Hip Protectors Fall Short

They don't reduce fractures among the elderly

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By
HealthDay Reporter

TUESDAY, April 15, 2003 (HealthDayNews) -- The shock-absorbing underwear called hip protectors fail to prevent hip fractures in the elderly.

That's the conclusion of a new Dutch study that was immediately criticized by an American bone expert who says the protectors are effective and the study's methodology is flawed.

The value of hip protectors is part of a life-and-death debate. More than 300,000 Americans suffer hip fractures each year, most of them 65 and older. And 15 percent to 30 percent of those people will die within one year from complications due to surgery or prolonged immobility, experts say.

The new study is the latest in a series of trials that have produced mostly positive findings about the protectors' worth, says Natasja M. van Schoor, a researcher at the Vrije Universiteit Medical Center in Amsterdam. She's also the lead author of the latest study, which appears in the April 16 issue of the Journal of the American Medical Association.

Most previous studies have shown the protectors -- usually plastic shields or foam pads held in place with specially designed underwear -- can help prevent fractures, van Schoor acknowledges. For example, a study of German nursing home residents reported earlier this year a more than 40 percent reduction in fractures among those who wore hip protectors. And an ongoing analysis of randomized trials worldwide by Dr. M.J. Parker of Peterborough District Hospital in Cambridgeshire, England, found a two-thirds reduction of fractures for hip-protector wearers.

However, the trials were of "low to moderate quality," says a summary of Parker's ongoing analysis, and "results from six ongoing trials may clarify this situation."

The Dutch study is one of those trials. It selected 561 older Amsterdam residents who had a high risk of hip fractures, with 276 wearing the protectors and 285 going without. During the next 70 weeks, 18 of the people assigned to the hip-protector group suffered fractures, compared to 20 of those assigned to the other group, a negligible difference.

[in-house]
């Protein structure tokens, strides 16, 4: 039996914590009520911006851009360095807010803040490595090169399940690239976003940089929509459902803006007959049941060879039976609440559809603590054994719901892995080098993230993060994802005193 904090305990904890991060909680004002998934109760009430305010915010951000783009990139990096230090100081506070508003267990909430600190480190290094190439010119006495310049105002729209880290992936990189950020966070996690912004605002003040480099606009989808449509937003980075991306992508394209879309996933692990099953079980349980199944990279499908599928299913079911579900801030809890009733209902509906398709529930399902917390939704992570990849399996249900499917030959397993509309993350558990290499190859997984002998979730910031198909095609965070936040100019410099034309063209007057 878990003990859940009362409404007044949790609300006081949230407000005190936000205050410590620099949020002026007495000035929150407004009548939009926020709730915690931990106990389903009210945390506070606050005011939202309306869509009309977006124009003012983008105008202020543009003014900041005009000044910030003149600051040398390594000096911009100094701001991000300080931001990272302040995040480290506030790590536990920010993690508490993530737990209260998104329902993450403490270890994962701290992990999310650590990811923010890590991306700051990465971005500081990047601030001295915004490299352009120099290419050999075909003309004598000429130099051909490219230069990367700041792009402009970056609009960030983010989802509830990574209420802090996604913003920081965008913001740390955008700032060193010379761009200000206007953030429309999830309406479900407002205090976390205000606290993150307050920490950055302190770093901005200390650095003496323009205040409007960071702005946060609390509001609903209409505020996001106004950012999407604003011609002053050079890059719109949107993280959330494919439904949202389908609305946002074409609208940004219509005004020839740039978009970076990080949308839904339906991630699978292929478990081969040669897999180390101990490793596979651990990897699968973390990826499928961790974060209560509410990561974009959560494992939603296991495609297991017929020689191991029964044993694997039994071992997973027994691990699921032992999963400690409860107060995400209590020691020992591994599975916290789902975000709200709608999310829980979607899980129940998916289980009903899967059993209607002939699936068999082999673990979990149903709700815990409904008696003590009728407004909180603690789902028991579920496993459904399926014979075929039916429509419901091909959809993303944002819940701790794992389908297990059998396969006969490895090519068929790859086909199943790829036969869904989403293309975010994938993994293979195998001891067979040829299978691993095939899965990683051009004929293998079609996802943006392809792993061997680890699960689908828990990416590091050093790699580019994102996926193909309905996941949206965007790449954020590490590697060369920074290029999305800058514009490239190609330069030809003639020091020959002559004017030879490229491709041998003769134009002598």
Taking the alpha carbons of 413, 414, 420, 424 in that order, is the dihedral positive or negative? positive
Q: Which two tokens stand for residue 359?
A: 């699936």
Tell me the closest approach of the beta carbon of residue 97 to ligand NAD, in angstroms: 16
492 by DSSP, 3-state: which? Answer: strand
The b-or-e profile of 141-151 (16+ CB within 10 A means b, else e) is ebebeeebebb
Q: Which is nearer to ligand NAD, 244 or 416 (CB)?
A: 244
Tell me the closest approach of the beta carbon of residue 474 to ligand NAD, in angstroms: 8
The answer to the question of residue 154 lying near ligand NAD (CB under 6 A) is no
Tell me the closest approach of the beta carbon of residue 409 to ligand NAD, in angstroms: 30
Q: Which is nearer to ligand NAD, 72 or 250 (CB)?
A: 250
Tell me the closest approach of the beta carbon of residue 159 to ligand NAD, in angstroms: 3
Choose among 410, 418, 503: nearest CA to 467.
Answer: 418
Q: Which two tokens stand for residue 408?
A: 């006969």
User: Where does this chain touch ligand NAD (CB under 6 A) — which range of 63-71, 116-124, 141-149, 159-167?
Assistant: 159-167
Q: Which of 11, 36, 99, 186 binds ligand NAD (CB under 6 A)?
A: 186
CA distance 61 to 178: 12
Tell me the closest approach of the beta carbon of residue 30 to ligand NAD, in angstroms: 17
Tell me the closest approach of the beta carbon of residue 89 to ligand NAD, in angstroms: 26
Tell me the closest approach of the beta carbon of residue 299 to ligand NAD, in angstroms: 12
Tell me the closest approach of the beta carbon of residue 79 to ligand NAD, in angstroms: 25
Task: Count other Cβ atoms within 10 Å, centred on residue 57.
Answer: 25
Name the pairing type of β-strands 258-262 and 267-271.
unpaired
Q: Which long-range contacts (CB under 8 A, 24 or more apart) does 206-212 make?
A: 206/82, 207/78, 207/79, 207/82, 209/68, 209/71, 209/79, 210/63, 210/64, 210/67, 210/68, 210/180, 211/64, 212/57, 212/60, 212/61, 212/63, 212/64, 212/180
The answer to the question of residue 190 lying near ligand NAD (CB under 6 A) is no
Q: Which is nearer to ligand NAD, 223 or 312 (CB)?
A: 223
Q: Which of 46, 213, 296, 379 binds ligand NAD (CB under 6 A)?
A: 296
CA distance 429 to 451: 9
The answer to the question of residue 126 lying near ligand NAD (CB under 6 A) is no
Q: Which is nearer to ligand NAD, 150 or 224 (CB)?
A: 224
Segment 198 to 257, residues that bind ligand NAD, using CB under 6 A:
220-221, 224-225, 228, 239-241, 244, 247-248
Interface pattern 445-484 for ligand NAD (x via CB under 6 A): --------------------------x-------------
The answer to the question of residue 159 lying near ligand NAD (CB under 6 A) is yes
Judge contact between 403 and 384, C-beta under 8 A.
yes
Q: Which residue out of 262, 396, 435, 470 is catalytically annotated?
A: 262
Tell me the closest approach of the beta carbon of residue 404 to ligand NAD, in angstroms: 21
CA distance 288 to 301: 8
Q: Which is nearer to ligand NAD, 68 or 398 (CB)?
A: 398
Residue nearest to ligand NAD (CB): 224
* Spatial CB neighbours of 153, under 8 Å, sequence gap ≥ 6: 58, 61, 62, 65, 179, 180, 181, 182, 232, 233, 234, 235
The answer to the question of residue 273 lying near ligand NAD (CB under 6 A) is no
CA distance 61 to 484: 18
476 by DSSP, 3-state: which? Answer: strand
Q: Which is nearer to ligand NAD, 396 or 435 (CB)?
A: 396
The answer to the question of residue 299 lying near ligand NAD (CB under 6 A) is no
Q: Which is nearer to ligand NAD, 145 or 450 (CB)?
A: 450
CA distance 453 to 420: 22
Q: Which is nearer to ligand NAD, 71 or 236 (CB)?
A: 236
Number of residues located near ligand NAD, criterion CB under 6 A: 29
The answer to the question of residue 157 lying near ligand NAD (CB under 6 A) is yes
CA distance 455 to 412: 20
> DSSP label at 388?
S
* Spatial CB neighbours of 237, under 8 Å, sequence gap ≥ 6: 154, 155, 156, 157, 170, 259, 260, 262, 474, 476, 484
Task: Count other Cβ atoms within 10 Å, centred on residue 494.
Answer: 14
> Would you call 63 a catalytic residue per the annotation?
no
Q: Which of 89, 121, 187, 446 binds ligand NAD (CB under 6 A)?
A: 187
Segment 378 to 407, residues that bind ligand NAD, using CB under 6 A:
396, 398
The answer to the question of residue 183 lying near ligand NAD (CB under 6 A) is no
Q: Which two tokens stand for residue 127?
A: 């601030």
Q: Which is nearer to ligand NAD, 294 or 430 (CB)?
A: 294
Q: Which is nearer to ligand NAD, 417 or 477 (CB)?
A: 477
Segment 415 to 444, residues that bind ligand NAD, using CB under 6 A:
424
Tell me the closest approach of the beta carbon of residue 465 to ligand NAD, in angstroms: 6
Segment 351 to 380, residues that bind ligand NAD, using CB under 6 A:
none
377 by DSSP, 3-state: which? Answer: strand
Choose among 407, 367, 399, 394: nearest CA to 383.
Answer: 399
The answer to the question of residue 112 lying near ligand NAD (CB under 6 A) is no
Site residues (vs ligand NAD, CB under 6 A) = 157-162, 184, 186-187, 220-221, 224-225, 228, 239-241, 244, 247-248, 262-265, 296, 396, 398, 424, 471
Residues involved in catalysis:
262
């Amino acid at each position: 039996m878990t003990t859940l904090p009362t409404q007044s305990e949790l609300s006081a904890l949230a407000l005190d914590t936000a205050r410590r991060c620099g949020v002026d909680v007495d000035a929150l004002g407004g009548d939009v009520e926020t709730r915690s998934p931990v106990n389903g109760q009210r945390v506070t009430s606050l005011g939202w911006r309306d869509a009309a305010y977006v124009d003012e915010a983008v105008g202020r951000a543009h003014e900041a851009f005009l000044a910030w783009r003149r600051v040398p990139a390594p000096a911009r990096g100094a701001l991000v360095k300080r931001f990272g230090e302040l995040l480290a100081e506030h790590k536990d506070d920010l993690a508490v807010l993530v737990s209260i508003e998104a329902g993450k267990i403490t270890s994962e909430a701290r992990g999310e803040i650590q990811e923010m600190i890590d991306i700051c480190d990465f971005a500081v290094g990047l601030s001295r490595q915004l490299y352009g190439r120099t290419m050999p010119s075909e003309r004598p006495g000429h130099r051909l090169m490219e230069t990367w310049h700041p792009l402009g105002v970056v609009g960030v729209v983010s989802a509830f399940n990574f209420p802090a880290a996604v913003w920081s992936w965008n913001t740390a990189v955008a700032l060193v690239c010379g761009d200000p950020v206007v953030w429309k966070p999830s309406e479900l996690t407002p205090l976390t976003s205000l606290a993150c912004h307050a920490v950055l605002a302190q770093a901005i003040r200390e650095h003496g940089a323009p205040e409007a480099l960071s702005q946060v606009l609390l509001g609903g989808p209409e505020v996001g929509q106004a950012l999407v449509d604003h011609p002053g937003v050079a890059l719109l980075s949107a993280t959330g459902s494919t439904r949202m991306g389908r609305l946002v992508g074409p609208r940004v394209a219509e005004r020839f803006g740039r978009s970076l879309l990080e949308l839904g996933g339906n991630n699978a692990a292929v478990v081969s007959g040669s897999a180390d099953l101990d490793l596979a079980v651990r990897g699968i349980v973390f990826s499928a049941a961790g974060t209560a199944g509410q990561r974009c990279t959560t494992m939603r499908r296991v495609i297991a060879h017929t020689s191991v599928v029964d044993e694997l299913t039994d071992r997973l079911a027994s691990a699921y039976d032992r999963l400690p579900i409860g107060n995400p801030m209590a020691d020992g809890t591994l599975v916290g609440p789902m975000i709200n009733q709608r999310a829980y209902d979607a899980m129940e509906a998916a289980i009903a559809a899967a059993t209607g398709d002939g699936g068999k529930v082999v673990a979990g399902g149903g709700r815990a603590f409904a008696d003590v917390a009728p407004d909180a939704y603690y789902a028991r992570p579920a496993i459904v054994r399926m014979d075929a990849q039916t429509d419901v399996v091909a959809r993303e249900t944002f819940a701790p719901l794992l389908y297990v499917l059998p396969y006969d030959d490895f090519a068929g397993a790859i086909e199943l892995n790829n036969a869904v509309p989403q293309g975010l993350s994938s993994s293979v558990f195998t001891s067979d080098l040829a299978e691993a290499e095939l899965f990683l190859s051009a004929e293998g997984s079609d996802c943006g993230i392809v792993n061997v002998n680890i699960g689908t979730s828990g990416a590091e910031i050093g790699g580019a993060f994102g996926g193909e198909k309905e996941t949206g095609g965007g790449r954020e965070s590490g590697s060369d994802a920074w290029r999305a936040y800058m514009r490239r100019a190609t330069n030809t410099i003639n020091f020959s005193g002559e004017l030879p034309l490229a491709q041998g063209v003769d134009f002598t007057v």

Dr. Gerard T. Varlotta, an associate professor of medicine at New York University School of Medicine's Rusk Institute of Rehabilitation Medicine, says the study's findings are meaningless because the researchers "are making assumptions that are not justified."

You can't accuse hip protectors of being failures, Varlotta says, because "the study had a very high noncompliance rate. Of the 18 people who had fractures, only four were wearing hip protectors at the time. How can those fractures be included in the hip-protector category?"

And the type of hip protector used in the study was not optimum, Varlotta adds. It is designed to absorb shock, while most fractures are caused by torque, he says -- sudden stress on the hip from an unexpected movement.

But van Schoor says, "I do not think that the results of our study are applicable only to our hip protector. It is possible that hip protectors are effective in reducing hip fractures when the compliance is optimized. However, I do not think they are as effective as suggested in the earlier studies."

While the debate and the studies go on, van Schoor and Varlotta offer advice about preventing hip fractures.

If you have a hip protector, wear it 24 hours a day, says van Schoor, because four fractures in the study's protector-wearing group occurred during the night. "Other effective interventions include biphosphonates [prescription drugs that build bone strength] and the combination of calcium and vitamin D," she says.

Additional bone-building measures include not smoking and limiting alcohol consumption to modest levels, Varlotta says. An exercise program, even a moderate one, can help. So can paying attention to your living arrangements. Small throw rugs, electric cords and newly waxed floors are hazards to be avoided. And the bathroom, with its smooth, hard surfaces and water, is the most dangerous room in the house.

Also, wear sensible shoes. "One 90-year-old patient of mine insisted on wearing high heels to our appointments," Varlotta says.

Finally, have a support system of people you can call if an accident happens, and consider a medic alert device. Some people who fall lie on the floor for hours or days because they can't reach a phone.

More information

For more information on hip protectors, visit Johns Hopkins Health After 50. For more on hip fractures among older adults, check with the National Center for Injury Prevention and Control.

SOURCES: Natasja M. van Schoor, M.Sc., Vrije Universiteit Medical Center, Amsterdam, the Netherlands; Gerard T. Varlotta, M.D., New York University School of Medicine's Rusk Institute of Rehabilitation Medicine, New York City; April 16, 2003, Journal of the American Medical Association

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